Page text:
Development of the TAP (Trans Adriatic Pipeline) project, to carry Azeri natural gas to Europe via a route including Greece’s north, combined with the anticipated completion of the first review of Greece’s third bailout package by international lenders, promises to pave the way towards major investments in the country, Prime Minister Alexis Tsipras noted during his speech at a ceremony held in Thessaloniki today, marking the launch of construction work for TAP’s Greek segment.
“The hope that we are overcoming the [recession’s] most difficult stage and opening up to the prospect of stability removes a sense of uncertainty that has surrounded the Greek economy and also creates a stable environment for attracting investments,” Tsipras remarked at the TAP ceremony.
Tsipras predicted economic growth from the second half of 2016 and onwards, noted that Greece’s unemployment rate is now de-escalating, and added that the next tranche of bailout money would be used to also cover amounts owed by the State to citizens, all of which would gradually put Greece on a path of sustainable growth, according to the Prime Minister.
Tsipras said the TAP project was justifiably regarded as one of the world’s biggest energy projects at present, adding that it could be interconnected with other existing and future pipelines for access to more markets. He cited the prospective Greek-Bulgarian IGB interconnector as an example, noting its development will serve as a bridge to supply natural gas to central and east Europe.
The Prime Minister once again stressed that Greece is developing into a multidimensional energy hub along with the transformation of southeast Europe’s energy map. He cited the IGB, the prospective LNG floating station in Alexandroupoli, northeastern Greece, and the current upgrade of the existing LNG facility in Rethythoussa, an islet close to Athens, as developments that are reshaping the country’s production potential.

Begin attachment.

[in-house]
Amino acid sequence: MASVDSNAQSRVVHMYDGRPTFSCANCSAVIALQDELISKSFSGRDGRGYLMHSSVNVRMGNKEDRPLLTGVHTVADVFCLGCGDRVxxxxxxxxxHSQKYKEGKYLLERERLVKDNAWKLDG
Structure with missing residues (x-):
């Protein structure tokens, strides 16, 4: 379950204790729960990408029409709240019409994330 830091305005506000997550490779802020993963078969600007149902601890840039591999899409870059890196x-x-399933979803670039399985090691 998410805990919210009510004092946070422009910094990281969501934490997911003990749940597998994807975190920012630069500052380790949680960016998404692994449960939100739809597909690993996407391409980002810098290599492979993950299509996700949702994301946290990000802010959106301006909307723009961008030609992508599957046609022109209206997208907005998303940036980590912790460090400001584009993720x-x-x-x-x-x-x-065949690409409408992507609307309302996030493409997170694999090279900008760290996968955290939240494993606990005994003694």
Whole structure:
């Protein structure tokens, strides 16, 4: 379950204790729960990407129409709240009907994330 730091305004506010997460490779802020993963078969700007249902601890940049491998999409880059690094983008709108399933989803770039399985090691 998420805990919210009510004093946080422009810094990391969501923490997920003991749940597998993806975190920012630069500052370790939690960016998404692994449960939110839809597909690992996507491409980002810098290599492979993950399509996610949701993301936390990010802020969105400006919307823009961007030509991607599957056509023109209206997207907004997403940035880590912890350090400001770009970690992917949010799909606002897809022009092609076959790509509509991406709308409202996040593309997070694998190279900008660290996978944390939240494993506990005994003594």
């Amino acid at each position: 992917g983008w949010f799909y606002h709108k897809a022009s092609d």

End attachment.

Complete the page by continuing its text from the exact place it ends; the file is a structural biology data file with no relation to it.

Tsipras pointed out that the TAP project’s budget for the local segment is worth over two billion euros and promises to create 8,000 jobs in Greece.
The project’s development comes at a critical time for the region as “Caucasus and central Mediterranean countries are being called upon to bolster stability and cooperation in an area of conflict,” Tsipras said.
He ranked the TAP project as the biggest foreign investment in Greece, highlighting the involvement of Greek firms and resulting lower energy costs for enterprises.
Georgia’s Prime Minister Giorgi Kvirikashvili, who attended the ceremony, said the TAP project will create a total of 30,000 jobs in the countries it will cross.
Azerbaijan’s First Deputy Prime Minister Yaqub Eyyubov made reference to the role to be played by the Southern Corridor as an alternative energy source, noting it will support the European plan for diversified energy sources and increased energy security.
Ian Bradshaw, the TAP project’s managing director, also made note of the pipeline’s role in diversifying the EU’s energy sources and also took the opportunity to thank Greece’s Prime Minister and the Greek State for the support offered.
Maros Sefcovic, the European Commission vice president responsible for Energy Union, who delivered his speech in the Greek language, described the day as historic and the Southern Corridor as the biggest energy project being carried out at present.
The project’s significance was also underlined by Amos Hochstein, the US Special Envoy and Coordinator for International Energy Affairs, who relayed a message from John Kerry, the Secretary of State. “Completion of the Southern Corridor must stand as a priority in order to ensure energy security. The US supports this project which offers new hope for stability in the region,” Hochstein remarked. “The pipeline can make a difference in the region and help areas that face serious issues with monopoly-related problems,” he added.
Turkish energy minister Berat Albayrak stressed that TAP, along with the TANAP project, will supply greater amounts of natural gas to the region. “We are ready to discuss all the economically feasible projects to support energy diversification,” Albayrak said.
Italy’s minister of economic development, Carlo Calenda, said the Italian government has actively supported the TAP project and recently granted permits for the project’s development.
Bulgarian energy minister Temenuzhka Petkova informed that Bulgaria’s government is placing great emphasis on the Greek-Bulgarian IGB interconnector, to be linked to the TAP pipeline. The second round of a market test for the IGB will begin in June, she noted.